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Fight Back! gets social
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IF YOU RECEIVE a message on a social media site
from a person who claims to be able to help you flip
hundreds of dollars of upfront money into thousands in minutes, it’s a scam.
Scam artists appeal to victims by capitalizing on
the belief that it’s possible to make money with very
little effort. If you’re having financial difficulties and
need the money, it seems like the answer. Scams
based on flipping money are nothing new. A modern variation of the scam targeting millennials
involves the use of social media to lure in victims.
Scammers have legitimate-looking online
profiles. They have real-sounding usernames
and followers. You’ll find photos of satisfied participants posing with stacks of cash along with testimonials about how easy—and fast—it was to
make that money. They may post a phone number
to contact them.
Once you do contact them, here’s how a version
of this scam works: They tell you to go to a convenience store and purchase a reloadable prepaid
money card and to load the card with the upfront
money ($100, $200, $300, etc.). They convince you
that the greater the amount of money you put on the
card, the more money you will make. They ask you
to send them the card information, which includes
the card number, the PIN, the code on the back of
the card and a receipt of transaction. They promise
that once you do, your card balance will increase
and your cash will be available to you in minutes.
As soon as you provide the information they are
asking for, they are able to access the funds on
the prepaid card. Your money is gone and they
Don’t lose your wallet in
Watch out for
a phone scam
that could cost
thousands disappear—their phone number is no longer work- ing and they block you from contact.
Take the following steps to avoid becoming a
victim in this scam, and others like it.
When in doubt, don’t. If anyone contacts
you online and requests upfront money online,
don’t engage with them. Report them to the social
media site you are using.
Don’t always trust your friends online.
Scammers can hijack friends’ social media accounts
to like and share their own posts. If a friend contacts
you with an offer online or requests money or any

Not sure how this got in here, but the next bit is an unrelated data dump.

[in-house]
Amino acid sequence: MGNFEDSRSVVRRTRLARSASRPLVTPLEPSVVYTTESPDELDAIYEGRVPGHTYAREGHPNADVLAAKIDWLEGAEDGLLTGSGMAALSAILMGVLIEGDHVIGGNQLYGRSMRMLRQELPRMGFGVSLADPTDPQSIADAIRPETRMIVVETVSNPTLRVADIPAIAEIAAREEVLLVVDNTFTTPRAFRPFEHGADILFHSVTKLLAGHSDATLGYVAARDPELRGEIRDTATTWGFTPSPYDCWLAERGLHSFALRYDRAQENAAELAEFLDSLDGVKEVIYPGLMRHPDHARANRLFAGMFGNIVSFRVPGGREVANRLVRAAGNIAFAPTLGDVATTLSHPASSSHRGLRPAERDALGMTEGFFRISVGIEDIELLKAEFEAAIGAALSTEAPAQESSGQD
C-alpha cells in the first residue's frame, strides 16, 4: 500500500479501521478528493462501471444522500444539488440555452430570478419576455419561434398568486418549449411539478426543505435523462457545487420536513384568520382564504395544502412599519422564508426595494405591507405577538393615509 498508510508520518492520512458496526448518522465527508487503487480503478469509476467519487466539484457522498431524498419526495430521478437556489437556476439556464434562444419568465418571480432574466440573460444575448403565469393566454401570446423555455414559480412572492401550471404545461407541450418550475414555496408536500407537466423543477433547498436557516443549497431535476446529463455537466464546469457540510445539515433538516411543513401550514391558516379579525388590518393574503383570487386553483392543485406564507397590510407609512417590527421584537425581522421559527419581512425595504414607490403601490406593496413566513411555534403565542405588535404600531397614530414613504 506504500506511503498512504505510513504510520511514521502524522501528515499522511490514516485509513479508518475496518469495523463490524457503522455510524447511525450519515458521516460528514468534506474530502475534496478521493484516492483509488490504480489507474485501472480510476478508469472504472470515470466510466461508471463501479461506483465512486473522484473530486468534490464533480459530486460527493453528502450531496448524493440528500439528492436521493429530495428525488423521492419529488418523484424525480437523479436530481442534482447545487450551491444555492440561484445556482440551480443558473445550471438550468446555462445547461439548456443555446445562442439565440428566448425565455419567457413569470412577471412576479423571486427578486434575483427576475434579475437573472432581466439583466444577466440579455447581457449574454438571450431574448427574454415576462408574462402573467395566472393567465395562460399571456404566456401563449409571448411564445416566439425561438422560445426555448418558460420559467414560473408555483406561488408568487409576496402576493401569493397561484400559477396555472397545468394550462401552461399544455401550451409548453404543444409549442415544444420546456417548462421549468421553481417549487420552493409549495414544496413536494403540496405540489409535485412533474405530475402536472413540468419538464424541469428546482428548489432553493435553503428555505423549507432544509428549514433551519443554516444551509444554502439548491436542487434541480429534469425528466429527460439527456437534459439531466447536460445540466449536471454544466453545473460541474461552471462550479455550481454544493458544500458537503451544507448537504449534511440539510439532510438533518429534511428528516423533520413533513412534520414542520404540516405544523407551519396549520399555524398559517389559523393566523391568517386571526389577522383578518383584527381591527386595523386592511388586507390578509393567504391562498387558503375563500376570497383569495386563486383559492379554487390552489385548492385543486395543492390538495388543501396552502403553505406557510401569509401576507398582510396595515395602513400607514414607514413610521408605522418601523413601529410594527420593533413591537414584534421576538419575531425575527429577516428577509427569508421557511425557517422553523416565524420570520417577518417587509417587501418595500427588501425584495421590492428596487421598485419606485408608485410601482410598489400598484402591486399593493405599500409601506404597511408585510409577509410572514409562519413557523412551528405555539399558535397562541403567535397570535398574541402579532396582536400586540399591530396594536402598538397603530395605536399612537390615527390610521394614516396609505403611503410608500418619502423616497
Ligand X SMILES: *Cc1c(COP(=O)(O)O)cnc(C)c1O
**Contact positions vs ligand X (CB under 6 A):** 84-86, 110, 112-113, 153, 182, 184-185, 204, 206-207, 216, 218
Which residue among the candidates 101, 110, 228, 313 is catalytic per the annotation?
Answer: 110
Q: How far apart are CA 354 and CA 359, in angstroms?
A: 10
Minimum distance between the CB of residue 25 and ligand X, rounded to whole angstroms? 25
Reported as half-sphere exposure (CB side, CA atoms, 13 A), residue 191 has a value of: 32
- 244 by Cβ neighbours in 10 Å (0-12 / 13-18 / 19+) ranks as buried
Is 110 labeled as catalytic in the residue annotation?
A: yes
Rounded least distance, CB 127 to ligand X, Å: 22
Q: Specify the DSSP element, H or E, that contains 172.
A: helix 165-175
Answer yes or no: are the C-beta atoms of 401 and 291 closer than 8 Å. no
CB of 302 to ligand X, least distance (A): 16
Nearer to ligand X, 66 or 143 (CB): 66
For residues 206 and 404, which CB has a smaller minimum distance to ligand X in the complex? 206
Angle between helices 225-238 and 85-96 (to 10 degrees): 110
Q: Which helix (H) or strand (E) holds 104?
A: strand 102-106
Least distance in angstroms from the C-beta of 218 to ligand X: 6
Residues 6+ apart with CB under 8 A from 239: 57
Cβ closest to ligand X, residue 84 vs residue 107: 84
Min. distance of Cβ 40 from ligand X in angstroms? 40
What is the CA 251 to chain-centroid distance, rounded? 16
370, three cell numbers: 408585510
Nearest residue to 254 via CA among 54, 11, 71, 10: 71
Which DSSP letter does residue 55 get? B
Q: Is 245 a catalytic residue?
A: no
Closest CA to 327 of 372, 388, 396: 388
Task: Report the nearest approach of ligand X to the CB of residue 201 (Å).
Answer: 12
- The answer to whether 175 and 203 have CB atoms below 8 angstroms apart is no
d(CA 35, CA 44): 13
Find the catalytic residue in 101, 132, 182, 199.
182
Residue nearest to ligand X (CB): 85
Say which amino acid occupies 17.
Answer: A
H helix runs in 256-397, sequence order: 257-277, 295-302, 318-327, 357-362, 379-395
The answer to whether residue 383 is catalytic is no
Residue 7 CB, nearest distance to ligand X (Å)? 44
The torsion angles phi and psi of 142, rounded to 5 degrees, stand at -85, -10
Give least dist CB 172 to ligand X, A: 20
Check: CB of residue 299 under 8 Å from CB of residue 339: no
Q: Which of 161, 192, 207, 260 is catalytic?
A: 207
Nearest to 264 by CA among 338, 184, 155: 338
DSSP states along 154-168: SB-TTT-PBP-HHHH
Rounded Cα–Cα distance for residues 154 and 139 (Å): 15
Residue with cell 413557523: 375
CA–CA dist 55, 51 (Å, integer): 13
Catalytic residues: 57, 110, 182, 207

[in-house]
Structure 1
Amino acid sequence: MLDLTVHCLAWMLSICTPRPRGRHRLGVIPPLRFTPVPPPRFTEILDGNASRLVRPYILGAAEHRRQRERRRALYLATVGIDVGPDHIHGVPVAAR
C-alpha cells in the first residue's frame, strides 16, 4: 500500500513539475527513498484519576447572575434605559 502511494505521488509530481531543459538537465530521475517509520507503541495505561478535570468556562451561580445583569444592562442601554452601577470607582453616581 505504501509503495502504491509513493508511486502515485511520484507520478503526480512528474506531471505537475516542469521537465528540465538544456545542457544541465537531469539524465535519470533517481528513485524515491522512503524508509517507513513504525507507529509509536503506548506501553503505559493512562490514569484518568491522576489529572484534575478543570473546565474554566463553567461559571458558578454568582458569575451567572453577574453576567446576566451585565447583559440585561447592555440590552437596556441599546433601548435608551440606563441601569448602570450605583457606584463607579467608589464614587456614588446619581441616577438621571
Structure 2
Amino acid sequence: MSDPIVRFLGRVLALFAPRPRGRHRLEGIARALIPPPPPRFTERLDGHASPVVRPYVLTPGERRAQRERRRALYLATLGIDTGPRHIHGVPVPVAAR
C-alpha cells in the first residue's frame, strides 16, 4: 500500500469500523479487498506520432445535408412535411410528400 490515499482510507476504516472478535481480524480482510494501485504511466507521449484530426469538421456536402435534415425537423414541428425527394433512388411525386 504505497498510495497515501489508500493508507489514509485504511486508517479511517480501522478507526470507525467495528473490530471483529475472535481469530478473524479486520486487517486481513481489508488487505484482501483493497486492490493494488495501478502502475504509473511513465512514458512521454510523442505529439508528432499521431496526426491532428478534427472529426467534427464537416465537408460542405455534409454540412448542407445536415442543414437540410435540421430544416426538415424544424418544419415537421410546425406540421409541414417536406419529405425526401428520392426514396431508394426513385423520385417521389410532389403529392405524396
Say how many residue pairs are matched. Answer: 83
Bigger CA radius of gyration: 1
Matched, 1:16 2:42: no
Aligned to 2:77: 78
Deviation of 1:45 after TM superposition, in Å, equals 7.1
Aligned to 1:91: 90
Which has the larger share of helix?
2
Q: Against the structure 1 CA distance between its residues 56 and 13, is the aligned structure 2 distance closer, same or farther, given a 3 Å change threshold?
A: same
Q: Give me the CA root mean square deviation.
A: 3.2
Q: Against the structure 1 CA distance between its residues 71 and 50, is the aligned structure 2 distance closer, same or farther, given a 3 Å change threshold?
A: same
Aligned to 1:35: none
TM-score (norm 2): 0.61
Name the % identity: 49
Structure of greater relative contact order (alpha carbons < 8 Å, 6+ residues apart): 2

information from you, call the person directly to
confirm that is really who is asking before you act.
Be careful using prepaid cards. Treat a
prepaid card the same way you would treat cash.
Never give out a PIN or any prepaid-card information online.
In general, use common sense when evaluating
income-generating opportunities online. If an
opportunity looks and sounds too good to be true,
it probably is.
If you are the victim of a flipping-money scam,
report your experience to whichever social
media site you were using at the time. File a
complaint with the Federal Trade Commission
ftc.gov and with the Internet Crime
Complaint Center (IC3) at
ic3.gov. The FTC is the
nation’s consumer protection agency. The IC3 is a
partnership between the FBI and the National
White Collar Crime Center that shares information
with other appropriate government and law
FTC representative C. Steven Baker says, “It is
very important that victims complain; we know
most never do.” The information you share will be
provided to law enforcement and could prevent
future crimes from happening.
more information and tips on avoiding these and
other Internet scams. C
WHEN FINANCIAL fraud
is perpetrated against the
elderly, it affects the entire
family and often goes unre-
ported. One type of emer-
gency scam, known as
“the grandparent scam,”
is particularly convincing.
Here’s how a typical
version of this scam plays
out. A grandparent receives
a phone call from an individ-
ual posing as their grand-
child and claiming to be in
trouble and in urgent need
of money to be bailed out
of jail or some other emer-
gency. The grandparent is
asked to send money imme-
diately, using a prepaid
money card, Western Union
or MoneyGram. They’re
often asked to not tell the
parents about this situation.
For more tips on
how to avoid this and
other emergency scams,
visit the Federal Trade